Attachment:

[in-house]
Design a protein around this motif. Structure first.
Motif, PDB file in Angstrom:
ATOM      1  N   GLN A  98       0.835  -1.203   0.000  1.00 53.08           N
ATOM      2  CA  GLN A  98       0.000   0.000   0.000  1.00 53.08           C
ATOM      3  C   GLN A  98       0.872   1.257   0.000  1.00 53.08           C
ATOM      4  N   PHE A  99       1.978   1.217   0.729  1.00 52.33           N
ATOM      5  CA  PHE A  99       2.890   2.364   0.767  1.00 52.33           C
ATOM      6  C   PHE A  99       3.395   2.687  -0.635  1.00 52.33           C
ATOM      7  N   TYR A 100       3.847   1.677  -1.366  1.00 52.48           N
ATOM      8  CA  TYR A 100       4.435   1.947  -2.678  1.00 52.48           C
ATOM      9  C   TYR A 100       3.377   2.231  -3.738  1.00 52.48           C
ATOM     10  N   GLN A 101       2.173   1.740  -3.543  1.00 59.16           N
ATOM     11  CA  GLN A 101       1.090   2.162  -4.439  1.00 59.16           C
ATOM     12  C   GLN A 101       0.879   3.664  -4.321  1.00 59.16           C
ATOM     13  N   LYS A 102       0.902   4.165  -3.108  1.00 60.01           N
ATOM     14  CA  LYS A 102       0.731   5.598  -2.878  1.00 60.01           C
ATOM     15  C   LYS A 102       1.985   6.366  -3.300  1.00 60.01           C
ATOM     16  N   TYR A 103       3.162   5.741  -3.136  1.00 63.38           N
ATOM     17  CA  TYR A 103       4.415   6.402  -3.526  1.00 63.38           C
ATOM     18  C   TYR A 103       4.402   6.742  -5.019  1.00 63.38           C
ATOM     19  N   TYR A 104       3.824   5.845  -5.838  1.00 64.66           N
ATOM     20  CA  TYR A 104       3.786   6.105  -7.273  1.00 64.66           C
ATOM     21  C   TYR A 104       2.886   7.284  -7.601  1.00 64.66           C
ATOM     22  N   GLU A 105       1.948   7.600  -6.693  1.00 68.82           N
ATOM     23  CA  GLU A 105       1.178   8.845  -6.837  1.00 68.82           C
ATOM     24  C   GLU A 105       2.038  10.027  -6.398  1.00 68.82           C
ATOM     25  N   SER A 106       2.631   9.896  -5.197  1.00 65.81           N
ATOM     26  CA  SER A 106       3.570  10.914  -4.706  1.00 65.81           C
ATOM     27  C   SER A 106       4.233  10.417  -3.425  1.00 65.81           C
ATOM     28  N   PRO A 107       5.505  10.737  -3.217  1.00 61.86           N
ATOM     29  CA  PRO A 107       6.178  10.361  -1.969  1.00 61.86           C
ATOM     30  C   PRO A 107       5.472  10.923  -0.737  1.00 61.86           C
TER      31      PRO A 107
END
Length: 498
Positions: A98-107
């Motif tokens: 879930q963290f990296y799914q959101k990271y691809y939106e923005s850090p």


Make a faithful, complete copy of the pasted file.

[in-house]
Design a protein around this motif. Structure first.
Motif, PDB file in Angstrom:
ATOM      1  N   GLN A  98       0.835  -1.203   0.000  1.00 53.08           N
ATOM      2  CA  GLN A  98       0.000   0.000   0.000  1.00 53.08           C
ATOM      3  C   GLN A  98       0.872   1.257   0.000  1.00 53.08           C
ATOM      4  N   PHE A  99       1.978   1.217   0.729  1.00 52.33           N
ATOM      5  CA  PHE A  99       2.890   2.364   0.767  1.00 52.33           C
ATOM      6  C   PHE A  99       3.395   2.687  -0.635  1.00 52.33           C
ATOM      7  N   TYR A 100       3.847   1.677  -1.366  1.00 52.48           N
ATOM      8  CA  TYR A 100       4.435   1.947  -2.678  1.00 52.48           C
ATOM      9  C   TYR A 100       3.377   2.231  -3.738  1.00 52.48           C
ATOM     10  N   GLN A 101       2.173   1.740  -3.543  1.00 59.16           N
ATOM     11  CA  GLN A 101       1.090   2.162  -4.439  1.00 59.16           C
ATOM     12  C   GLN A 101       0.879   3.664  -4.321  1.00 59.16           C
ATOM     13  N   LYS A 102       0.902   4.165  -3.108  1.00 60.01           N
ATOM     14  CA  LYS A 102       0.731   5.598  -2.878  1.00 60.01           C
ATOM     15  C   LYS A 102       1.985   6.366  -3.300  1.00 60.01           C
ATOM     16  N   TYR A 103       3.162   5.741  -3.136  1.00 63.38           N
ATOM     17  CA  TYR A 103       4.415   6.402  -3.526  1.00 63.38           C
ATOM     18  C   TYR A 103       4.402   6.742  -5.019  1.00 63.38           C
ATOM     19  N   TYR A 104       3.824   5.845  -5.838  1.00 64.66           N
ATOM     20  CA  TYR A 104       3.786   6.105  -7.273  1.00 64.66           C
ATOM     21  C   TYR A 104       2.886   7.284  -7.601  1.00 64.66           C
ATOM     22  N   GLU A 105       1.948   7.600  -6.693  1.00 68.82           N
ATOM     23  CA  GLU A 105       1.178   8.845  -6.837  1.00 68.82           C
ATOM     24  C   GLU A 105       2.038  10.027  -6.398  1.00 68.82           C
ATOM     25  N   SER A 106       2.631   9.896  -5.197  1.00 65.81           N
ATOM     26  CA  SER A 106       3.570  10.914  -4.706  1.00 65.81           C
ATOM     27  C   SER A 106       4.233  10.417  -3.425  1.00 65.81           C
ATOM     28  N   PRO A 107       5.505  10.737  -3.217  1.00 61.86           N
ATOM     29  CA  PRO A 107       6.178  10.361  -1.969  1.00 61.86           C
ATOM     30  C   PRO A 107       5.472  10.923  -0.737  1.00 61.86           C
TER      31      PRO A 107
END
Length: 498
Positions: A98-107
């Motif tokens: 879930q963290f990296y799914q959101k990271y691809y939106e923005s850090p």